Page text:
It’s awesome to be at a school with so many students involved in service projects. Whether it’s every week, during a retreat or on Community Action Day, Musketeers seem to find a hundred ways to give back.
This emphasis on service isn’t unique to Xavier, but it certainly seems like it’s difficult to get involved here without meeting someone who mentors at a local school, participates in alternative breaks or volunteers at a charitable organization.
Some of this service arises from a genuine love for the community. Some is born of a desire to be a good person. Some is done exclusively for resumes and LinkedIn profiles.
So what separates “good” service from “bad” service? When are we honoring the people we serve and when are we patronizing them? Does our motive for service matter? Is “service” even the right word to use?
You’d think with all the serving going on, we’d have this stuff figured out. But, like “justice,” service is a complicated concept with varying interpretations. Like “faith,” service grows and changes over time — it may take a lifetime to figure out what it truly means.
This Lent series, “Heart Space & Public Place,” gives us an opportunity for deep reflection on how we engage in service and what it means to us. It’s obvious that service without reflection can be dangerous, and Lent is the perfect time to take a step back and examine our ideas about service. A season in which we do less for ourselves can clear up some space in our hearts to dedicate to others.
Clearing this space isn’t always easy, however. Like anything worthwhile, service hurts sometimes. It pushes us out of our comfort zones. It forces us to take on perspectives that may be difficult for us to understand. It calls us to relinquish our privilege. It demands our time and our energy.
I have been guilty the past two years of getting greedy with my time and my energy. With 18 hours of classes, 4 hours of theatre rehearsal every day and the inability to sleep less than eight hours a night without acting like a jerk, when am I supposed to fit in a weekly service commitment? This attitude has made it so that the word “service” makes be blush — it reminds me of how self-centered I am.
Reflecting on service helps us see both where we are failing to serve and where we are called to serve. We all can see where our systems are broken. What if our soapboxes became our service commitments? I can rant about gender and violence all day, so why can’t I offer my time and energy to a battered women’s shelter or a mentorship program for young women? Identifying the justice issues that call out to us can be the first step in renewing our commitment to service.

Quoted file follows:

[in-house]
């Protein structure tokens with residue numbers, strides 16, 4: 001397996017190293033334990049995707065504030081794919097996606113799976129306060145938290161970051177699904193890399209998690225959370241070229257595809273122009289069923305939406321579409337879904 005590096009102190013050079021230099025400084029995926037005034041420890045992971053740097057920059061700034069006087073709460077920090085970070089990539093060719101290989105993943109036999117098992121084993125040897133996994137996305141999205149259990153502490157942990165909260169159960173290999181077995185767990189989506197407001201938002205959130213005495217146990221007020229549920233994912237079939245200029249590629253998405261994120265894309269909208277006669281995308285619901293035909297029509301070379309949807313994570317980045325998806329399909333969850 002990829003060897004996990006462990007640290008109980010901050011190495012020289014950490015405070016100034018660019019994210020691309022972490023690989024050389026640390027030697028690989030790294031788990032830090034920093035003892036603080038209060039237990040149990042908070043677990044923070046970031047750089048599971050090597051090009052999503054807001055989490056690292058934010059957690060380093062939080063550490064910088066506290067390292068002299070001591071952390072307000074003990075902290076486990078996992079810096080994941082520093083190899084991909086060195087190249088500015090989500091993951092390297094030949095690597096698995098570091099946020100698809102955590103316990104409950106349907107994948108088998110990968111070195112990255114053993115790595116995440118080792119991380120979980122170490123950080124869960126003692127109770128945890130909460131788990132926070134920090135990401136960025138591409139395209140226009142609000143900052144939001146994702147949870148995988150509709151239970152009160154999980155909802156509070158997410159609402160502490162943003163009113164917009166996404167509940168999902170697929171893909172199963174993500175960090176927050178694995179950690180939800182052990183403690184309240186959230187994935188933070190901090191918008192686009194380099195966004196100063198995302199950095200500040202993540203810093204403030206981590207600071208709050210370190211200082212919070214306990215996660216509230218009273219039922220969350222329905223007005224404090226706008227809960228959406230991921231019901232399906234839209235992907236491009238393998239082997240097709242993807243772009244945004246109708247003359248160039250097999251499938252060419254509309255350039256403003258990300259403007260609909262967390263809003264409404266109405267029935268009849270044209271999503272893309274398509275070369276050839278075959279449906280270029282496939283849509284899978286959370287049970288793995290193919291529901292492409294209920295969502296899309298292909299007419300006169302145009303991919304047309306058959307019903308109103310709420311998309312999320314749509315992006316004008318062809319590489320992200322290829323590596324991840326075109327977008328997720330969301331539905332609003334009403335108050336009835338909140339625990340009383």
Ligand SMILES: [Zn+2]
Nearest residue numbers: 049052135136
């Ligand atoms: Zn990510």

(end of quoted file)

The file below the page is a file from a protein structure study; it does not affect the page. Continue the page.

While the brokenness of many of our societal systems is undeniable, service can also open our eyes to the places where love is at work and progress is being made. Service brings people together and has the power to transform, but it is not until we stop and examine how we serve that we see all the ways we’ve been challenged and changed.
I’m not much of a Bible-quoter, but here’s a passage that has always stuck out to me: “If I speak in the tongues of men or of angels, but do not have love, I am only a resounding gong or a clanging cymbal. If I have the gift of prophecy and can fathom all mysteries and all knowledge, and if I have a faith that can move mountains, but do not have love, I am nothing. If I give all I possess to the poor and give over my body to hardship that I may boast, but do not have love, I gain nothing” (1 Corinthians 13:1-3).
This passage is pretty alarming. It says I can give every single thing that I have to the poor, and it hasn’t done any good. It says that our attitudes and motivations for service matter immensely.
On the other hand, this passage also implies that love can accomplish great things. The love that inspires us to serve may come from God, our value systems or our experiences. This love is something we can believe in even when we struggle with our faiths or get discouraged by the injustice we see.
I would end with something about how service teaches us this or that about ourselves, but service isn’t about learning about ourselves. It’s about learning about other people and deliberately shifting our attention from its usual object (ourselves) to others.
Like faith and justice, service is confusing. It can be intimidating and filled with doubts. This Lenten season, the CFJ wants to take to opportunity to critically examine service and what it means to us. Hopefully this will enable us to serve more effectively and love more fully.
Tatum Hunter is a Junior at Xavier double majoring in English and Theater and double minoring in Economics and Spanish. She is the Opinions and Editorials editor for Newswire and the blog’s editor as well.